Highly aligned discontinuous fibre thermoplastic filaments as feedstock for fused deposition modelling
: production, printing and performance

  • Knight Krajangsawasdi

Student thesis: Doctoral ThesisDoctor of Philosophy (PhD)


Fused deposition modelling (FDM), a thermoplastic layer-by-layer additive manufacturing technique also known as 3D printing, can quickly build complex geometries, reducing design limitations and production costs of conventional manufacturing methods. Using a fibrous reinforcement strengthens the thermoplastic matrix, allowing FDM to be used in more structural complex-shape small-size applications. Aligned discontinuous fibre composites (ADFRC) incorporate a high-performance reinforcement architecture that, owing to a sufficient fibre length and high alignment, results in mechanical performance comparable to those of continuous fibre composites as well as higher formability and fewer manufacturing defects.
DcAFF (Discontinuous Aligned Fibre Filament) is a novel ADFRC filament developed for 3D printing aiming to achieve both high mechanical performance and formability. The ADFRC used in this thesis is produced with the High Performance Discontinuous Fibre (HiPerDiF) technology. The DcAFF filament was studied in three main areas: production, printing, and performance. A high production rate filament-forming machine was designed to compress the high aspect ratio cross-section of the tape outputted by the HiPerDiF into a square cross-section filament before its pultrusion to obtain a circular cross-section filament. The designed filament-forming process ensures that a large fraction of the fibres in the final product is well aligned with the longitudinal axis of the filament and the void content is minimised. The printability of the DcAFF filament is relatively good in straight rasters, but there are some discrepancies between the desired and deposited raster at sharp deposition turnings. This discrepancy was minimized with a first-order lag relationship and PI controller that offered an additional path to compensate for the turning corner. The DcAFF material was evaluated with different testing approaches: tensile, open-hole and short beam shear. Overall, considering the information available in the literature for 3D printed composites using the same matrix, i.e. PLA, DcAFF shows mechanical performances superior to those reinforced with short fibres and comparable to those employing continuous ones. It is concluded that the use of ADFRC in DcAFF filament is sufficient to provide performance comparable to continuous fibre composites and relatively better formability compared to the 3D printing of continuous fibre. This paves the way for this material as a candidate for high-performance 3D printing.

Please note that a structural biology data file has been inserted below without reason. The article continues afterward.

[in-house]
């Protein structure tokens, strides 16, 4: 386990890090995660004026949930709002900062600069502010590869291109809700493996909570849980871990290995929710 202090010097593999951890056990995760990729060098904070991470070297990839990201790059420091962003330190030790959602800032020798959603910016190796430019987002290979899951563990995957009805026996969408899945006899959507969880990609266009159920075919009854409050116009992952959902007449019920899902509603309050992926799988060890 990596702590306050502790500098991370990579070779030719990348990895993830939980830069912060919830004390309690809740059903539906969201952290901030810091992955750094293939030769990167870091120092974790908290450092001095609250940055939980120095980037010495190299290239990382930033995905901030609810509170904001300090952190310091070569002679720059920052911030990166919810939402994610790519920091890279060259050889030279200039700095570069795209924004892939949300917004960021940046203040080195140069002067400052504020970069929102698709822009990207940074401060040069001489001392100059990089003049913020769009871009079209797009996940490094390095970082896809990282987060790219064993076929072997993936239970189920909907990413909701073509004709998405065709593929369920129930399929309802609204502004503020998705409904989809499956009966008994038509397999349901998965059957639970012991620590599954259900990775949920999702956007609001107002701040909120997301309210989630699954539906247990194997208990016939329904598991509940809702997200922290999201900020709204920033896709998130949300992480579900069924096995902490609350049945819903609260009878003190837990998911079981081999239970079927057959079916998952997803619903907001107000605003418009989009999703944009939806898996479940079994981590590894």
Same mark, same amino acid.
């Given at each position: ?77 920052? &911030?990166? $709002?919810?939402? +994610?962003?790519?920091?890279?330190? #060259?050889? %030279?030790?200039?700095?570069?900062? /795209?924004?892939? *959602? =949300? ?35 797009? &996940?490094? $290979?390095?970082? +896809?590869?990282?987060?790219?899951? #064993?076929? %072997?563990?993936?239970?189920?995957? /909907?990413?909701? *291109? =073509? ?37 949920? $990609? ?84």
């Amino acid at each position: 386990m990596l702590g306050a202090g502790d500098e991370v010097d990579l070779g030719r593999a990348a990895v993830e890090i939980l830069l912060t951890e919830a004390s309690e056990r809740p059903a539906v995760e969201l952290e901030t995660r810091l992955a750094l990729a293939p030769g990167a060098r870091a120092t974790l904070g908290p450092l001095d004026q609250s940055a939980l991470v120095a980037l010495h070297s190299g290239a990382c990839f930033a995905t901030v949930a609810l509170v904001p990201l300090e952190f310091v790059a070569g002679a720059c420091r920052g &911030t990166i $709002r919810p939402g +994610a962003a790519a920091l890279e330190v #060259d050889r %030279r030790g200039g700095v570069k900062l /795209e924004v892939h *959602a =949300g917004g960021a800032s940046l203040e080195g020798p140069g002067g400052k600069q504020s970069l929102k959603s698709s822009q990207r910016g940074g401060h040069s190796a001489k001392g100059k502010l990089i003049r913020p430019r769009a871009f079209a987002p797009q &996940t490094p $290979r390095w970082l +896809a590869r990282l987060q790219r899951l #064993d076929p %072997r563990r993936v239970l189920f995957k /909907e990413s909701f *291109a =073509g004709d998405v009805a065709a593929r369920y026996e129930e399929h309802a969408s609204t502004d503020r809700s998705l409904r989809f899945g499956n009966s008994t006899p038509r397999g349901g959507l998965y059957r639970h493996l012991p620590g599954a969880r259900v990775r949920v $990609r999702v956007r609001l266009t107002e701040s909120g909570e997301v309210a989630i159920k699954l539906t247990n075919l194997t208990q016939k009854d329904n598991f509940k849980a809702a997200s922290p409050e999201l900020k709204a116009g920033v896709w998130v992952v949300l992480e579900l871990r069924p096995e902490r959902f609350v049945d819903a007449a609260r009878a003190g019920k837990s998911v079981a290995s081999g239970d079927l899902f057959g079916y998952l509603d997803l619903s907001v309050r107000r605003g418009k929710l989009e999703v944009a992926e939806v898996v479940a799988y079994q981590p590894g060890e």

Date of Award3 Oct 2023
Original languageEnglish
Awarding Institution
  • University of Bristol
SupervisorDmitry Ivanov (Supervisor), Marco Longana (Supervisor), Ian Hamerton (Supervisor) & Ben K S Woods (Supervisor)


  • Fused deposition modelling
  • 3D printing
  • Aligned discontinuous fibre composites
  • Additive manufacturing

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